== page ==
I don’t know whether or not you’ve watched the hateful anti-gay rhetoric that has recently come out of the mouths of at least 2 ministers from North Carolina. But it’s been shocking and violent. Neither the Rev. Charles Worley and the Rev. Sean Harris have been content to dismiss homosexuality as wrong, but have each found brutal solutions to “ending the scourge of homosexuality.” They are so misguided.
But responding to that hate with hate is not helpful, neither to the cause nor to our calm. So, I think you’ll all agree that this blogger’s response is fabulous. The Rev. Mark Sandlin suggests that we make donations to gay friendly causes in his name and to include his address so that they can mail him letters of thanksgiving for his generosity. It’s a fairly ingenious response. You can read his column here. You can pray for the ministers and their followers any time. May their hearts be turned from hatred and violence.
There is no question that times are hard for people and for charitable organizations. It is also a hard truth that services that might be provided by our government will not be funded due to lack of resources. We can argue across political lines who should pay for what. Or we can do as much as we can of what needs to be done. I look at our schools and social services and think, they need support now.
There are groups who have lists of effective charities, and it’s always good to support organizations with a track record of making a difference. I’ve written in another blog post about Fixes a weekly column in the New York Times. One of the things they keep tabs on is which organizations and what style of philanthropy is working.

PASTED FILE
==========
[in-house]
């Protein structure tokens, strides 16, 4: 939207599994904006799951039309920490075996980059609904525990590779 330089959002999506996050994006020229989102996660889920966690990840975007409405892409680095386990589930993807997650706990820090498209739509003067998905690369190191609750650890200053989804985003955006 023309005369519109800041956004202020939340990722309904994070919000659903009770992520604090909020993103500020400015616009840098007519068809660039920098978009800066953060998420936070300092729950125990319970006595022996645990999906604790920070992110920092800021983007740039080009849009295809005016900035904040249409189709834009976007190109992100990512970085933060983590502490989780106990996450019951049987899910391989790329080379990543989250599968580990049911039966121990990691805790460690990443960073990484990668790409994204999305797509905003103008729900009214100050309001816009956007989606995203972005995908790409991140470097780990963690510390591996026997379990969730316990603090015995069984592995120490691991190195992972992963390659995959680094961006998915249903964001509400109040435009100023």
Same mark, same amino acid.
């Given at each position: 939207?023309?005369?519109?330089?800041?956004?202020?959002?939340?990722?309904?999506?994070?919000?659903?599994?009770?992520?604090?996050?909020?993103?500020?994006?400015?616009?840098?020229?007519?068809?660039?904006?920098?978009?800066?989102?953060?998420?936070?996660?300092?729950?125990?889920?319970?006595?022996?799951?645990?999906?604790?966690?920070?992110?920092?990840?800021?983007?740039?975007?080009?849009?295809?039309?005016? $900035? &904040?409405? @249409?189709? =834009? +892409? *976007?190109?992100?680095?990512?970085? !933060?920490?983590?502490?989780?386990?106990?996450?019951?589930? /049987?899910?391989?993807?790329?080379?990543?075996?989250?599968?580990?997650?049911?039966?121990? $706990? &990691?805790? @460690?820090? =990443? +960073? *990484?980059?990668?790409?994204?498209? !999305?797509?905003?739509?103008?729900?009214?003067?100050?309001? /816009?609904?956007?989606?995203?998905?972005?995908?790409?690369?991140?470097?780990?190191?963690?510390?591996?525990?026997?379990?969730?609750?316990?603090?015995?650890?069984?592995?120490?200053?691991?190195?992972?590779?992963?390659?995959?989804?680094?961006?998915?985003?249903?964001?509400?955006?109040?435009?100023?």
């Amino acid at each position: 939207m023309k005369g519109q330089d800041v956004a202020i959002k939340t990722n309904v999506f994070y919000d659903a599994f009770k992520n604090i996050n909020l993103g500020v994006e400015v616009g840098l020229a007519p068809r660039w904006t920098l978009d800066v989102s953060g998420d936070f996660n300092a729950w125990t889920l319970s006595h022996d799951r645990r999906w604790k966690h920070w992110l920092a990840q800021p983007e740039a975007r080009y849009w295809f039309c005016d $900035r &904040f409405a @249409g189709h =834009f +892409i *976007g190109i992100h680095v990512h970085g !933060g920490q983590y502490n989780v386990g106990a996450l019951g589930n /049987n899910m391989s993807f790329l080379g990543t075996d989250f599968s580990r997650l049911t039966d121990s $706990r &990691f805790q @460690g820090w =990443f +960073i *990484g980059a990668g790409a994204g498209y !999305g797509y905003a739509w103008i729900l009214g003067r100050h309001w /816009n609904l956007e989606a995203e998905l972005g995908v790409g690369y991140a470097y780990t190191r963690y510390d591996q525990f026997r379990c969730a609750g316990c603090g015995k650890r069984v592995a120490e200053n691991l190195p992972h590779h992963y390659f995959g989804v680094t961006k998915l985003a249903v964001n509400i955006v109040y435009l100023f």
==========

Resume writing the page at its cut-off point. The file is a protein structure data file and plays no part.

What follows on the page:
I think one way that we can make a difference is through giving circles. If we gather our friends together and make decisions about where we’d like to have impact,
- It allows us to participate in a much larger way in the financial success of an organization.
- We can involve our kids in the notion and the reality of giving. Kids can make good choices about the kind of help that’s needed.
- It keeps us talking about what’s important to us as individuals, families and communities.
It’s a new year. Many of us feel we don’t have enough… but I would encourage us all to look at what enough is compared to the people in our community. It’s easy to get lulled into the need for more, when we might better be coaxed into generosity.